8Information Concerning Fishing Vessels on the East and West Coasts of Canada
1.1When navigating in coastal waters, mariners should exercise caution in areas where large concentrations of fishing vessels may operate. Many of these fishing vessels use nets which frequently extend to a considerable distance from the vessel and may be difficult to see.
2Georgia Strait - Fraser River
2.1Many fishing vessels using gill nets operate, both by day and night, in the Fraser River and its approaches. The period of operation is approximately from July 1 to November 1, and sporadically throughout the year.
2.2Mariners are advised to navigate with caution in this area since gill nets can be up to 375 meters in length.
3Approaches to Juan de Fuca Strait - La Pérouse Bank - Swiftsure Bank - Estevan Point
3.1Mariners are warned that during the period from approximately April 15 to September 30, numerous fishing vessels may be encountered inside the 50 fathom line off Estevan Point, La Pérouse, Swiftsure Bank and in the approaches to Juan de Fuca Strait. These vessels may be trolling or towing nets. At night, such vessels may frequently be at anchor. Vessels approaching these areas from any direction are advised to pass to seaward and clear of the banks due to the prevalence of restricted visibility in this vicinity. Vessels which are obligated to cross these banks should navigate with caution to avoid risk of collision with fishing vessels Mariners can receive radar derived information concerning the locations of large concentrations of fishing vessels by contacting the Marine Communications and Traffic Services (MCTS) Centre at Prince Rupert Traffic.
4Juan de Fuca Strait
4.1Numerous fishing vessels using drift nets or purse seine nets may be encountered, both day and night, in the Juan de Fuca Strait. The period of operation is approximately from July 1 to November 1. Drift nets can extend up to 552 meters in length from the end that is attached to the operating vessel. The free end is marked by a white light.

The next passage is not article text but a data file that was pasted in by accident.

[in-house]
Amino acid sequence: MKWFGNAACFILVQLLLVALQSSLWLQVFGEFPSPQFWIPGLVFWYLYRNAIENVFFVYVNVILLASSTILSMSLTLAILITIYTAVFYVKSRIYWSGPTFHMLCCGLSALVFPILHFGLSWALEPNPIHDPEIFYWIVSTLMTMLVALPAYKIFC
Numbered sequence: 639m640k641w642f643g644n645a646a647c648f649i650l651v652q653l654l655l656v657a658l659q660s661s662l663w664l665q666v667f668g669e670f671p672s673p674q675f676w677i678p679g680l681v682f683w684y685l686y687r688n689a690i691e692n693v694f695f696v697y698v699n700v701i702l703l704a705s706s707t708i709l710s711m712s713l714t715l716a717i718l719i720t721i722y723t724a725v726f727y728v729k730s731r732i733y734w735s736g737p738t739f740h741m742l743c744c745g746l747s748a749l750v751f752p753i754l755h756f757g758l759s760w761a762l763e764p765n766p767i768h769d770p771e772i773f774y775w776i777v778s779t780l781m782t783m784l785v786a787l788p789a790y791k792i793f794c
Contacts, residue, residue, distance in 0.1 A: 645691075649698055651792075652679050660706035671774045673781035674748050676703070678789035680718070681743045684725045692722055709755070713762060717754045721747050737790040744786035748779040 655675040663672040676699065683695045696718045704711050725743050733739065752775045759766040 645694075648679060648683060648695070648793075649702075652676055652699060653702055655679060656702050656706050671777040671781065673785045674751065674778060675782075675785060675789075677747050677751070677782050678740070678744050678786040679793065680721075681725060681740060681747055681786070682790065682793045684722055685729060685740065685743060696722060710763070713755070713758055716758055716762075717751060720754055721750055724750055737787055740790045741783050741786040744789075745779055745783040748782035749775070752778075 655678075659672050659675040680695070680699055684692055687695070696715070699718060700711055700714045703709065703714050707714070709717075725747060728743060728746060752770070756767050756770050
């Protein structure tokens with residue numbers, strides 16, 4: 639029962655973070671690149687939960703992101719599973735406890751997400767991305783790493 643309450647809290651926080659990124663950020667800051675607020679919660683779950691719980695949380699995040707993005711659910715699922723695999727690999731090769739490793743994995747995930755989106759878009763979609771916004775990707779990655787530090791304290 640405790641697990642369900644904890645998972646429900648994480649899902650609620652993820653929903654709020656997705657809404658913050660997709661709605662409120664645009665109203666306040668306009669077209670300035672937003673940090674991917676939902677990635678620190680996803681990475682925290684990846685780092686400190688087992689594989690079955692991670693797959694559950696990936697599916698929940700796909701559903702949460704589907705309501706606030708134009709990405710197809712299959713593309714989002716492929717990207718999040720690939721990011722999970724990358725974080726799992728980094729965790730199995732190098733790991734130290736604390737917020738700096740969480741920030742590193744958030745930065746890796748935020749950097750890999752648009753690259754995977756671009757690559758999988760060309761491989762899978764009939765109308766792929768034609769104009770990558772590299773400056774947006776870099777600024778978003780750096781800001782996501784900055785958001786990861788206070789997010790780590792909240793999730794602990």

5West Coast of Vancouver Island
5.1Large fishing/factory ships may operate off the West Coast of Vancouver Island between Cape Flattery and Estevan Point from June to November. These ships may be fishing, working cargo or drifting.
6Fishing Vessel Advisory Notice
Commercial ships and fishing vessels using the inside passage waters of British Columbia during the commercial fishing season.
6.1Fishing vessels when in transit (not fishing) are advised to monitor the VESSEL TRAFFIC SERVICES CHANNEL for the VTS Sector they are in.
6.2All commercial vessels transiting an open fishing ground are advised to monitor VHF Channel 78A (156.925 MHz) in addition to the Vessel Traffic Services Channel for the VTS Sector they are in. Vessels while in transit through the grounds should broadcast their intended track at frequent intervals (every ½ hour) on VHF Channel 78A, and more frequently under reduced visibility conditions.
6.3Fishing vessels and other vessels when underway are required by regulation to travel with high intensity deck lights extinguished. Vessels in contravention are subject to severe penalties.
6.4All vessels, including vessels engaged in a commercial fishery, are advised that it is imperative that correct lights and shapes are exhibited in accordance with the International Regulations for Preventing Collisions at Sea, 1972 as amended.